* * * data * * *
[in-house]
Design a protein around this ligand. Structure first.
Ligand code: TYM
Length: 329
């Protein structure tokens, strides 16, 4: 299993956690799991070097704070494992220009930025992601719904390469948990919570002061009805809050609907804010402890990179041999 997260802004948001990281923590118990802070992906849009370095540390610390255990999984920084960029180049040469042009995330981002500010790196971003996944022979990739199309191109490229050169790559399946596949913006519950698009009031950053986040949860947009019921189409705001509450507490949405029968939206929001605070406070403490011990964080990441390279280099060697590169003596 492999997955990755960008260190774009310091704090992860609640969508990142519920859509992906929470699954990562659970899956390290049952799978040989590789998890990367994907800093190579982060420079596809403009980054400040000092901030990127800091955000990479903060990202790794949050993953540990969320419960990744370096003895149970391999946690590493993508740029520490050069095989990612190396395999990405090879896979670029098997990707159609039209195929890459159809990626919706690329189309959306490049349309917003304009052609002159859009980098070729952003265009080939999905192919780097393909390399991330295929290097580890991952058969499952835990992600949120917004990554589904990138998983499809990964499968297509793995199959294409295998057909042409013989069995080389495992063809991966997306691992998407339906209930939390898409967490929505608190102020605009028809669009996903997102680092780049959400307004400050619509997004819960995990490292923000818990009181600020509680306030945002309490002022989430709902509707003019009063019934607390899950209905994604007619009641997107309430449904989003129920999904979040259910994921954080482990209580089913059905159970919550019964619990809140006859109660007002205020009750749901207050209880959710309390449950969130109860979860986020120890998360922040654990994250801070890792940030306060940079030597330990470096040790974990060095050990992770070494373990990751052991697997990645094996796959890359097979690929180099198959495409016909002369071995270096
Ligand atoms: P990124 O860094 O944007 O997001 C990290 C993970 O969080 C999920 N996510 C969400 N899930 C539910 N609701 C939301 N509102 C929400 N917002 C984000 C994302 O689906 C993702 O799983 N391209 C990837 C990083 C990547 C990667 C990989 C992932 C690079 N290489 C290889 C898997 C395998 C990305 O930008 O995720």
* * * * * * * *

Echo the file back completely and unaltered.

[in-house]
Design a protein around this ligand. Structure first.
Ligand code: TYM
Length: 329
């Protein structure tokens, strides 16, 4: 299993956690799991070097704070494992220009930025992601719904390469948990919570002061009805809050609907804010402890990179041999 997260802004948001990281923590118990802070992906849009370095540390610390255990999984920084960029180049040469042009995330981002500010790196971003996944022979990739199309191109490229050169790559399946596949913006519950698009009031950053986040949860947009019921189409705001509450507490949405029968939206929001605070406070403490011990964080990441390279280099060697590169003596 492999997955990755960008260190774009310091704090992860609640969508990142519920859509992906929470699954990562659970899956390290049952799978040989590789998890990367994907800093190579982060420079596809403009980054400040000092901030990127800091955000990479903060990202790794949050993953540990969320419960990744370096003895149970391999946690590493993508740029520490050069095989990612190396395999990405090879896979670029098997990707159609039209195929890459159809990626919706690329189309959306490049349309917003304009052609002159859009980098070729952003265009080939999905192919780097393909390399991330295929290097580890991952058969499952835990992600949120917004990554589904990138998983499809990964499968297509793995199959294409295998057909042409013989069995080389495992063809991966997306691992998407339906209930939390898409967490929505608190102020605009028809669009996903997102680092780049959400307004400050619509997004819960995990490292923000818990009181600020509680306030945002309490002022989430709902509707003019009063019934607390899950209905994604007619009641997107309430449904989003129920999904979040259910994921954080482990209580089913059905159970919550019964619990809140006859109660007002205020009750749901207050209880959710309390449950969130109860979860986020120890998360922040654990994250801070890792940030306060940079030597330990470096040790974990060095050990992770070494373990990751052991697997990645094996796959890359097979690929180099198959495409016909002369071995270096
Ligand atoms: P990124 O860094 O944007 O997001 C990290 C993970 O969080 C999920 N996510 C969400 N899930 C539910 N609701 C939301 N509102 C929400 N917002 C984000 C994302 O689906 C993702 O799983 N391209 C990837 C990083 C990547 C990667 C990989 C992932 C690079 N290489 C290889 C898997 C395998 C990305 O930008 O995720």